Wednesday, October 24, 2007

Vayeira - Laughter

Lech lecha and Vayeira contain two similar reactions to the news that Avraham and Sarah would have a child. Regarding Vayeira everyone notices when Sarah laughs, including G-d. Avraham's laughter seems somehow overlooked.

Conventional wisdom, based on Rashi (I first heard this from Rabbi Chaim Bravender), suggests there are two types of laughter. When you see someone saunter by with a flower growing from his head you laugh (Rabbi Bravender's illustration) because it’s incongruous. If someone tells you that they are going to accomplish a reasonable task - and you laugh, you're implying that they can't do it.

Sarah laughed in mockery, rhetorically asking if G-d could give her a child. Avraham laughed as one laughs at jokes involving fancy suits and banana peels. One could argue that this distinction is or is not implied by the text. Whether or not this is THE pshat, there is a lesson to be learned within this approach.

Laughter can be spiritual. If we notice things as they catch us by surprise, laughter can free us to move on. Laughter can bring joy, a holy, urgent thing. If we laugh at people, we damage our souls, their souls, and the soul of the world. Sarah may have been punished for her cynicism.
This episode speaks loudly in our times. We laugh too often in mocking ways.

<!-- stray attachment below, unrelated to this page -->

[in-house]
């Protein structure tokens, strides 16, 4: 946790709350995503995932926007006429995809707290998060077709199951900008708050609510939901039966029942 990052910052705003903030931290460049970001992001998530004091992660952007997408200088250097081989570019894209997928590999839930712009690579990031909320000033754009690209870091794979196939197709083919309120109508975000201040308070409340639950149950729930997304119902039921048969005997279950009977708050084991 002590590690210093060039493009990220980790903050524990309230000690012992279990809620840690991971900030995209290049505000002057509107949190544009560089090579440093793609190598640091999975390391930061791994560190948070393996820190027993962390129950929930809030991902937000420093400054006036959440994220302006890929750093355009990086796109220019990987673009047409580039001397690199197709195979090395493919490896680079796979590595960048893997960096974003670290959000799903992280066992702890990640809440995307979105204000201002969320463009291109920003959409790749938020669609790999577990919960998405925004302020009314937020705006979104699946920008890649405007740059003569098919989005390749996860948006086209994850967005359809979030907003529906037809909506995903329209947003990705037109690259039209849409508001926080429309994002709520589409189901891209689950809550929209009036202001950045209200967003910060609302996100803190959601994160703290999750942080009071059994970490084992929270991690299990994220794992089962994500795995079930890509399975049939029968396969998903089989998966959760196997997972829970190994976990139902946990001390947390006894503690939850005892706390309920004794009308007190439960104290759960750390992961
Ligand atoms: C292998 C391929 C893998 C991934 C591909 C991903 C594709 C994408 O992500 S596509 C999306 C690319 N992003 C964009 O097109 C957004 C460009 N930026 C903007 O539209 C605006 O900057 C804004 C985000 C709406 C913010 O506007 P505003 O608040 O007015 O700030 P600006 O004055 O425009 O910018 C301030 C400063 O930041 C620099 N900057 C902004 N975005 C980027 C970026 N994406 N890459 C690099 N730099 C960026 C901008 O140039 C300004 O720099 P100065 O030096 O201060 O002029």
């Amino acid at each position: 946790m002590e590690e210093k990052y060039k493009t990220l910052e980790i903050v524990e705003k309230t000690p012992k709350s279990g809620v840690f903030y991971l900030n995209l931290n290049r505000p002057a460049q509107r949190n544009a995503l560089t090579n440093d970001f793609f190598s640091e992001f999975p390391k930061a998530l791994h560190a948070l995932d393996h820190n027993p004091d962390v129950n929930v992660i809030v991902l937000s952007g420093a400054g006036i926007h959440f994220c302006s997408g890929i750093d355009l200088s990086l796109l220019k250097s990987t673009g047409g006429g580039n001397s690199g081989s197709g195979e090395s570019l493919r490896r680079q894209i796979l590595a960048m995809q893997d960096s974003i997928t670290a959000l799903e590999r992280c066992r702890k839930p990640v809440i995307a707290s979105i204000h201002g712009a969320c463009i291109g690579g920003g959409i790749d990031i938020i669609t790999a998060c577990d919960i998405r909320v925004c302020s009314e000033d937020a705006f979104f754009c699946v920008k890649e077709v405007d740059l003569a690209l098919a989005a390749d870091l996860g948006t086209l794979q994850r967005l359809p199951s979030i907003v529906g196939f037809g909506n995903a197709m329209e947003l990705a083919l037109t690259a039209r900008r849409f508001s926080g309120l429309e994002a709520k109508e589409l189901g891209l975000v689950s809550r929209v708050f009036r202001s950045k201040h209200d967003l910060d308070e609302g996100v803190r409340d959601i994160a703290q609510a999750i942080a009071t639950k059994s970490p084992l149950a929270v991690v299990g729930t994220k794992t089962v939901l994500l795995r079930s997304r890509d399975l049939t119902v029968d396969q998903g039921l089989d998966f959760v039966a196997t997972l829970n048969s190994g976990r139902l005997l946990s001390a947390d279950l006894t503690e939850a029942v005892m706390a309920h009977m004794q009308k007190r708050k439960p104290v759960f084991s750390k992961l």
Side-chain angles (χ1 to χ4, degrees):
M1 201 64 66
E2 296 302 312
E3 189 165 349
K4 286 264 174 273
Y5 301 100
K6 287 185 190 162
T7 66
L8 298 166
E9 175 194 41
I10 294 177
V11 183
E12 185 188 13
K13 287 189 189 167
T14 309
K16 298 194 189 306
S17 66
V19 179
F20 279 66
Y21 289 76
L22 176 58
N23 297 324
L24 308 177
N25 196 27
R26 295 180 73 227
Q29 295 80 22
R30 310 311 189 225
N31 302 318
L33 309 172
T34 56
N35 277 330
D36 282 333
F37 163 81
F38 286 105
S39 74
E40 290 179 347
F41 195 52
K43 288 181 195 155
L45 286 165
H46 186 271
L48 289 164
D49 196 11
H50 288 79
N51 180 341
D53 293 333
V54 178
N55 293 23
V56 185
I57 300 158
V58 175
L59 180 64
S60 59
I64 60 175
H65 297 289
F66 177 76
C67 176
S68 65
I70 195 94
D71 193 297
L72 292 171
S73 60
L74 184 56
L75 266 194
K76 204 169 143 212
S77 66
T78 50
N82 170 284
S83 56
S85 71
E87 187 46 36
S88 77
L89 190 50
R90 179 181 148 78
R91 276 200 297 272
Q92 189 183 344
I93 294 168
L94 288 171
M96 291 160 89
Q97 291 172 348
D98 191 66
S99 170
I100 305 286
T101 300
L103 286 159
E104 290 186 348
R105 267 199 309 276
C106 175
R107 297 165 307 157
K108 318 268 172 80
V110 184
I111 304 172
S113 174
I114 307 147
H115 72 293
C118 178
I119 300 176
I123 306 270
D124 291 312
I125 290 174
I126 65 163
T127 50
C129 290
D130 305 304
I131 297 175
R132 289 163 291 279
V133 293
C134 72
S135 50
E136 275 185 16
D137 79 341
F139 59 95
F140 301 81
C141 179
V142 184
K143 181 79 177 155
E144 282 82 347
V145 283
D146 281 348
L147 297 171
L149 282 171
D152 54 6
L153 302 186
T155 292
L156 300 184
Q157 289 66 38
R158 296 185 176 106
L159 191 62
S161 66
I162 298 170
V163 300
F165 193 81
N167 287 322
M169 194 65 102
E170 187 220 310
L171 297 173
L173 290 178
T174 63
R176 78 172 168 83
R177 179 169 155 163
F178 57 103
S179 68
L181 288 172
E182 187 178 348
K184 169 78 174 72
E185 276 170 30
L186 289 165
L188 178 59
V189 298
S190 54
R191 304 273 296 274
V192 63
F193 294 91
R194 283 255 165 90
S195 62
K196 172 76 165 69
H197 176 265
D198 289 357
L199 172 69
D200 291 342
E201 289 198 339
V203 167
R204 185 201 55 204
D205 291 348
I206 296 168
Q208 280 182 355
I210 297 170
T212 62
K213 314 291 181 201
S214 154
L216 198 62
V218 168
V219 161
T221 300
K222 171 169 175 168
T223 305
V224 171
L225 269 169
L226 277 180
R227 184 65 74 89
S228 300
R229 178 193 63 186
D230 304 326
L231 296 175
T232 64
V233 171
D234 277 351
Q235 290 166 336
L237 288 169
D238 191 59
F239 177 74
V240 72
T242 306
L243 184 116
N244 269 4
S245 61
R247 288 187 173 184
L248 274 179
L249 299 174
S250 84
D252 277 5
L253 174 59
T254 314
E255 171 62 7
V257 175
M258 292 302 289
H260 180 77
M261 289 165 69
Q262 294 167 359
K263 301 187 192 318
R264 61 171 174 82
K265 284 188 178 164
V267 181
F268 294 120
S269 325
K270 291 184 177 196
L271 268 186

In a related note, at the event that marked the release of Aron Bulman's Man In A Room With A Tallis On, Aaron's son Meir brought up Sarah's laughter. Meir said that it's rare to be able to point to an exact second when a dream comes true. Together, that day we all shared the moment of Aaron's dream of publishing a book of poetry coming true - posthumously. This brought to Meir's mind, the question of why Sarah was punished for laughing at a crazy notion. She was a woman beyond the age of childbirth. Strangers approached her and said she'd have a baby. Imagine (Meir suggested) that a homeless guy in Grand Central Station tells you that a lifelong dream of yours is going to come true. The thing is he said, is that if you never gave up on your dream, then you'd smile when you heard the idea. And you'd top the smile with something like - "From your mouth to G-d's ears." Avraham laughed a joyful laugh as he recaptured his dream. Sarah had sadly let her dream go.

May we be blessed to laugh as Avraham did, in joy. May we blessed to always hold on to our dreams. And may we be continuously blessed with happy surprises from G-d.


uriyo said...

Good one. Thanks!

rabbi neil fleischmann said...

Thanks for the tanks. You're welcome.